President Barack Obama's forceful defense of the nuclear arms agreement with Iran clearly outlined the outcome if Congress rejects the deal.

War.

Perhaps it'll be conventional war, if other countries attempt to stop Iran by bombing its nuclear facilities. The more frightening image is of a nuclear arms race in an already deeply unstable region.

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Take a moment and recall the photos of Hiroshima after the United States dropped the first atomic bomb 70 years ago today. More than 90,000 people were killed, and swaths of the Japanese city were destroyed. Three days later, the United States dropped its second bomb on the port city of Nagasaki, killing tens of thousands more.

While justification for the bombings is debated vehemently, their devastating impact -- from the cities destroyed to the radiation that poisoned generations -- is not disputed.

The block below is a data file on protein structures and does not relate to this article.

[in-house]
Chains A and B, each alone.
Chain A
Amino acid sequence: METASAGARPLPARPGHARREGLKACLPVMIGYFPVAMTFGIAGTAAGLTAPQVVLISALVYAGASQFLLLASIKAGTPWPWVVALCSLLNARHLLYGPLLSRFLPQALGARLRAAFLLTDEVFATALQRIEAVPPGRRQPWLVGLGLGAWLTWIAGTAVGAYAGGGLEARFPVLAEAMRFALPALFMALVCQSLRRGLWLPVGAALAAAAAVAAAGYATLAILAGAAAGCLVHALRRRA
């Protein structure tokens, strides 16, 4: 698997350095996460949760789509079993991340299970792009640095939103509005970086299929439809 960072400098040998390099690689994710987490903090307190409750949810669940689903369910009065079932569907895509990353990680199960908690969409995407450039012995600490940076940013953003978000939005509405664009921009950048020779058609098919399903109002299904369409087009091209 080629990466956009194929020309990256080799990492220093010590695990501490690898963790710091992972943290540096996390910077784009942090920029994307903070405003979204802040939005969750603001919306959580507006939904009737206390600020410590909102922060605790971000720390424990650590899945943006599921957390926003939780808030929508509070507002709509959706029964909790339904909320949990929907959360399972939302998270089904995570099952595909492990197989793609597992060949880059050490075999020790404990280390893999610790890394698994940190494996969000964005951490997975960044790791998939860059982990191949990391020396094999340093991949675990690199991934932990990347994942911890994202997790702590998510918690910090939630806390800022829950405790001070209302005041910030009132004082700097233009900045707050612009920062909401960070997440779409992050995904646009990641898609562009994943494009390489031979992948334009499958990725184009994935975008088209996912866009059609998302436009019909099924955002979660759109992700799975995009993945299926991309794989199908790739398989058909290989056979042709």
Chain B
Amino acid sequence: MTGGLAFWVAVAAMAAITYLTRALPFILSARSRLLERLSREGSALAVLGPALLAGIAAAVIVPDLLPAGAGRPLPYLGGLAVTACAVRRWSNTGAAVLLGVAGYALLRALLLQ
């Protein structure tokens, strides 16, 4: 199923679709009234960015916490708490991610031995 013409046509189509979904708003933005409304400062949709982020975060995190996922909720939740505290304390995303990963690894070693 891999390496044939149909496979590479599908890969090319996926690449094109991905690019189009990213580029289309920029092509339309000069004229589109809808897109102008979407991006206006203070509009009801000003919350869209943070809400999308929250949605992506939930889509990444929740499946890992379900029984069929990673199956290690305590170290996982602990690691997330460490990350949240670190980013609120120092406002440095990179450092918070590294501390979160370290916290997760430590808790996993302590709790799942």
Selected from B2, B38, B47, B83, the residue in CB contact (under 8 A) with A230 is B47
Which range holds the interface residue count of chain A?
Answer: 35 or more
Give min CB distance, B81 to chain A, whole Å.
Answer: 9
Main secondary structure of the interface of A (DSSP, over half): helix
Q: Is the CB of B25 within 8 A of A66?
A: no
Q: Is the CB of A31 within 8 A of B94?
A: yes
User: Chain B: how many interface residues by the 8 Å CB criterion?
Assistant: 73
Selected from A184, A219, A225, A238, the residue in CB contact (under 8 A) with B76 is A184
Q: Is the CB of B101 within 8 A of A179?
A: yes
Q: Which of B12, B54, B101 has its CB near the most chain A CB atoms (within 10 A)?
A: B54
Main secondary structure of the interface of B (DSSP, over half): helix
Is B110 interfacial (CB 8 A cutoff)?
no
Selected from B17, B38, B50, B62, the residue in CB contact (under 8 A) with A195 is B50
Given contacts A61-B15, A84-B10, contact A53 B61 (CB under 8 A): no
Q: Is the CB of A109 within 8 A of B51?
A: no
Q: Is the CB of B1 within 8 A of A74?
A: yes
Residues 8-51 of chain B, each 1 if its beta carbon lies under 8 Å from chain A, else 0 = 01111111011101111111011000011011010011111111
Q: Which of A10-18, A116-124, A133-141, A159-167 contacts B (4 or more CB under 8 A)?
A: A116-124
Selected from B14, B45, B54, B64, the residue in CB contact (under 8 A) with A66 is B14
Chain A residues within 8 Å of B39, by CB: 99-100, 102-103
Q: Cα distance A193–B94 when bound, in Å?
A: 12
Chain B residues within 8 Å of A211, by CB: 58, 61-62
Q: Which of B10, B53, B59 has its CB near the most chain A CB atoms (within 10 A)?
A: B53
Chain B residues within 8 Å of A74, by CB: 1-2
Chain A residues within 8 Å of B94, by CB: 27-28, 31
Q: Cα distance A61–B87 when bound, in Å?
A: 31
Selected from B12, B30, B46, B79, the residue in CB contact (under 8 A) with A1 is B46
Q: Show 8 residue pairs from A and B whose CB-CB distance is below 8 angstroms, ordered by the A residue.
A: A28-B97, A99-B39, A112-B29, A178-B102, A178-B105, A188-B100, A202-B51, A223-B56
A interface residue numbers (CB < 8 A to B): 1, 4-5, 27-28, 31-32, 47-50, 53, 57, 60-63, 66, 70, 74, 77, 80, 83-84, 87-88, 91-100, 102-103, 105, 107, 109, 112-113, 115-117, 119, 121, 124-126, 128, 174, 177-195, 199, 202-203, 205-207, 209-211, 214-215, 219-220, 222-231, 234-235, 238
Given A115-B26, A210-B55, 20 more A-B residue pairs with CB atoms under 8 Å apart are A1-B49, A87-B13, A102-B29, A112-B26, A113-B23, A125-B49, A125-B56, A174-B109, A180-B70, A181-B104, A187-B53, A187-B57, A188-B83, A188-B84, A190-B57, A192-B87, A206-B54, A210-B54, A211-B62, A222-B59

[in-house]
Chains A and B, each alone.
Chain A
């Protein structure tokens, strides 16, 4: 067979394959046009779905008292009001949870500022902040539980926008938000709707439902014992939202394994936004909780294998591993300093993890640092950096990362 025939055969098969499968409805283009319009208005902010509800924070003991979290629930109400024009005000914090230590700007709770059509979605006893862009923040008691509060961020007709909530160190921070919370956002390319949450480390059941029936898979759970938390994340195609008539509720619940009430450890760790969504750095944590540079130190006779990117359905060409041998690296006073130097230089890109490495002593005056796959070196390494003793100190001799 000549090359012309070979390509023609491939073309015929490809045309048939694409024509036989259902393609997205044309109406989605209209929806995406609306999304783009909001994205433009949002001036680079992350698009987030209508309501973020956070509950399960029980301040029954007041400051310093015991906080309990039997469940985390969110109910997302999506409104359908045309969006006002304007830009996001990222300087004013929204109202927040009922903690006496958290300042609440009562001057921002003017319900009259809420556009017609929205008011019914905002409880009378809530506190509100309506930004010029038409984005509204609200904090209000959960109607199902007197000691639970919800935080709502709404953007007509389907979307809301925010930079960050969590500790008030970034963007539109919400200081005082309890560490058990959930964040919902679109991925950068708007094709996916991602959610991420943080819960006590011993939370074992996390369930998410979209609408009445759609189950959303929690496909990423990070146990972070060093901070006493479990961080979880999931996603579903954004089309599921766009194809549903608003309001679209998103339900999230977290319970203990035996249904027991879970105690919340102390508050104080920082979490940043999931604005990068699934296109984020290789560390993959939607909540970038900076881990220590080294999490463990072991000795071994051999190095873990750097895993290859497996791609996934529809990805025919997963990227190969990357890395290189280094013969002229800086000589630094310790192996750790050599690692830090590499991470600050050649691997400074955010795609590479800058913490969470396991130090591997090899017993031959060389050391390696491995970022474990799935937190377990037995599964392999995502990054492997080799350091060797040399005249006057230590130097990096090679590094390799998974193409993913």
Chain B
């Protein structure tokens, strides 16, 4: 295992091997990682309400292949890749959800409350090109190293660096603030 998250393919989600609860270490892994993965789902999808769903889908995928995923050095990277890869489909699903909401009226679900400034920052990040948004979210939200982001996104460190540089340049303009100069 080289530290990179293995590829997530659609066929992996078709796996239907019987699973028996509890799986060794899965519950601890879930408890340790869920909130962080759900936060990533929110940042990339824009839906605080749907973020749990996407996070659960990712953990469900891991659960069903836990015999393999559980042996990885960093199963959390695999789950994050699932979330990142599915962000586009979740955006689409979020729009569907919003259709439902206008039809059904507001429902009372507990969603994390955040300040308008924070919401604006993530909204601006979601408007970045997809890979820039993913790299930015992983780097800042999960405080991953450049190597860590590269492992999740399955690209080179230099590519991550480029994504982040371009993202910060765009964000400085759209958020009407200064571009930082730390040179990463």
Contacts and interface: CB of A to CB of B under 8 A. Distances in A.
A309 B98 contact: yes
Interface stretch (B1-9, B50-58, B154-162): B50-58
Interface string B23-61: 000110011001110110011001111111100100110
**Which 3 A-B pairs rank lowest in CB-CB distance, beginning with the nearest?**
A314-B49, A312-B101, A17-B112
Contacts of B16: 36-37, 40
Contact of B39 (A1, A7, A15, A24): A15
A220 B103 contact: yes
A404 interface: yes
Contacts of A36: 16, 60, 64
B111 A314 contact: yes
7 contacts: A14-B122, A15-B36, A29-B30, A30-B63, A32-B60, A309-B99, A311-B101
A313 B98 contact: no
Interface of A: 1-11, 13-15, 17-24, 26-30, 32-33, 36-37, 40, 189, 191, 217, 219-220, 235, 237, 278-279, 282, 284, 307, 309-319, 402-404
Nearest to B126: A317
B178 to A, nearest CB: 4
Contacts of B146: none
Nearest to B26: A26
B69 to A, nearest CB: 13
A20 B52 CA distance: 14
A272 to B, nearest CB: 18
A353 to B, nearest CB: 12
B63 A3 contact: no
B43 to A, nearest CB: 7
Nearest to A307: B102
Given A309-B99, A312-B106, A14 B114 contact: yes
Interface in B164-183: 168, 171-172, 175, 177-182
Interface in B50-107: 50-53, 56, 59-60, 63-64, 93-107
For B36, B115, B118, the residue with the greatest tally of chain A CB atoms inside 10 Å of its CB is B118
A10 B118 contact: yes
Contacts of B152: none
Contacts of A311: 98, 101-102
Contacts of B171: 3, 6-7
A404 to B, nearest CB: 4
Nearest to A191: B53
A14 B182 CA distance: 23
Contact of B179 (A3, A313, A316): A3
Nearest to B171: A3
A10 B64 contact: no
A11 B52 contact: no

The world has to remember and learn and choose a path that might lead to a diplomatic solution in Iran -- and not the destructive alternative.

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No one knows for sure whether the nuclear agreement will work or whether Iran will stick to its end of the deal. But there are several promising aspects, including the fact that relief from economic sanctions kicks in only after Iran reduces its centrifuges and uranium stockpile. And the sanctions are supposed to snap back if Iran violates the deal.

Without a deal, it's very possible that sanctions, particularly by Russia and China, won't hold. And it's unrealistic to expect that Iran would stop its nuclear program, including peaceful efforts to build power plants.

As critics of the Iran deal raise objections, and Obama counters each, think beyond the rhetoric. Remember the four days in August 1945 when the use of nuclear weapons became real, and hold on to the hope that there's a way to move forward.

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It's time to try a plan that might help us avoid repeating the horrors of our past. It's time to try to give our children a future that might keep atomic bombs and nuclear war in the history books.